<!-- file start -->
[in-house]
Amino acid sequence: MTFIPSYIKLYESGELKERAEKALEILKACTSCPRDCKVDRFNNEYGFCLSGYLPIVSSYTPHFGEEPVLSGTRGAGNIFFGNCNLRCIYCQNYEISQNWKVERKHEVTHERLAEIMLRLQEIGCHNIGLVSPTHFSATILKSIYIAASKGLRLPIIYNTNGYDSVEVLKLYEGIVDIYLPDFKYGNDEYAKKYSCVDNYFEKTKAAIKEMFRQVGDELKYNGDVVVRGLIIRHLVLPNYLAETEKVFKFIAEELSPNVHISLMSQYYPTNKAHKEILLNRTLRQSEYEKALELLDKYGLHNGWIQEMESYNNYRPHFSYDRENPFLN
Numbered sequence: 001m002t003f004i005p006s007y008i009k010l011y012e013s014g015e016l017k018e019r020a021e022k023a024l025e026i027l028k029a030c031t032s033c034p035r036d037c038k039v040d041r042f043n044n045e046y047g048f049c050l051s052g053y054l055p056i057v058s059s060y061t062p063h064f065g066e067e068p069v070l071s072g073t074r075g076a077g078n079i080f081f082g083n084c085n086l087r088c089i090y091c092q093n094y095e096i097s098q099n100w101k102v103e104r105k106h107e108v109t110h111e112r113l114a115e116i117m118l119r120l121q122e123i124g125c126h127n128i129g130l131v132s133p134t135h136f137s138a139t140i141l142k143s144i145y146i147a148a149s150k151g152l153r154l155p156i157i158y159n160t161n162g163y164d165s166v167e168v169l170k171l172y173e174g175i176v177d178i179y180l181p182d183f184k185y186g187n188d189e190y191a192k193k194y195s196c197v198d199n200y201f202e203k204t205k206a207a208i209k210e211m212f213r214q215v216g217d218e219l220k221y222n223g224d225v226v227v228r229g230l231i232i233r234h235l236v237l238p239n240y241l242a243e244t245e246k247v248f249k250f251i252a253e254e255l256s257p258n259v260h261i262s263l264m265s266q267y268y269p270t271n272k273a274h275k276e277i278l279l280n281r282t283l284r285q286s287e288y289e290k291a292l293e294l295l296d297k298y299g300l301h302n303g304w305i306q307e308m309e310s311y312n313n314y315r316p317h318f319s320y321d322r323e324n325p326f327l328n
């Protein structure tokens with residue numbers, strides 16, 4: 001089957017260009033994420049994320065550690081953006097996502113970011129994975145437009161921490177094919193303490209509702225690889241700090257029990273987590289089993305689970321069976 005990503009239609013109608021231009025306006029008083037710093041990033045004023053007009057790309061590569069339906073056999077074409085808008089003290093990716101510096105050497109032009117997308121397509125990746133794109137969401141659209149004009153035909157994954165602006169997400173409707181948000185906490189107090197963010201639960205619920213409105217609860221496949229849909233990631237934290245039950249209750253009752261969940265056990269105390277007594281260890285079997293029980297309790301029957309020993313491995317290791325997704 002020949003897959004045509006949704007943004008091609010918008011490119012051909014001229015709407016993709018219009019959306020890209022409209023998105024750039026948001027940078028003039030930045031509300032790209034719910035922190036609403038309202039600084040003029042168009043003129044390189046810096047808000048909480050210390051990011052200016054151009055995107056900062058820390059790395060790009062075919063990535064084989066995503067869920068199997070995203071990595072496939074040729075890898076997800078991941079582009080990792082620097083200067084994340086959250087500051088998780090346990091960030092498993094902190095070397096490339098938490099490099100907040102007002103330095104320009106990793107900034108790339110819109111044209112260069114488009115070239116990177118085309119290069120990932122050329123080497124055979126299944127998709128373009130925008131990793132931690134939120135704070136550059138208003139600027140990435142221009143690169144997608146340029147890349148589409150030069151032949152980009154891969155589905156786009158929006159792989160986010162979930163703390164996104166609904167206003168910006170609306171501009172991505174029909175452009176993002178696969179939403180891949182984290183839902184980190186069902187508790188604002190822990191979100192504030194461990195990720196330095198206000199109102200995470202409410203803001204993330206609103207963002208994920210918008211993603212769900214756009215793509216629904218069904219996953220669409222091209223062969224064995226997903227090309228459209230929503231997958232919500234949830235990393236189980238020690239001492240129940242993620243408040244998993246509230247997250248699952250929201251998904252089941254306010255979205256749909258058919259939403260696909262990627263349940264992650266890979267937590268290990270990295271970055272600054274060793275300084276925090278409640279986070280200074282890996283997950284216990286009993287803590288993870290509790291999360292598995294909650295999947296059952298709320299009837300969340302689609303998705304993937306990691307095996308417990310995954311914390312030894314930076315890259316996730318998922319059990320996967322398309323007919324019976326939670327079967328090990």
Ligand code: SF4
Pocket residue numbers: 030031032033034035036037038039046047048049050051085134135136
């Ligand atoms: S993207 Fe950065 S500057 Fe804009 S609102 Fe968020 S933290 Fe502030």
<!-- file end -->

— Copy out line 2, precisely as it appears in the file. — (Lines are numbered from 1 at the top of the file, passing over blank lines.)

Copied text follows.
Amino acid sequence: MTFIPSYIKLYESGELKERAEKALEILKACTSCPRDCKVDRFNNEYGFCLSGYLPIVSSYTPHFGEEPVLSGTRGAGNIFFGNCNLRCIYCQNYEISQNWKVERKHEVTHERLAEIMLRLQEIGCHNIGLVSPTHFSATILKSIYIAASKGLRLPIIYNTNGYDSVEVLKLYEGIVDIYLPDFKYGNDEYAKKYSCVDNYFEKTKAAIKEMFRQVGDELKYNGDVVVRGLIIRHLVLPNYLAETEKVFKFIAEELSPNVHISLMSQYYPTNKAHKEILLNRTLRQSEYEKALELLDKYGLHNGWIQEMESYNNYRPHFSYDRENPFLN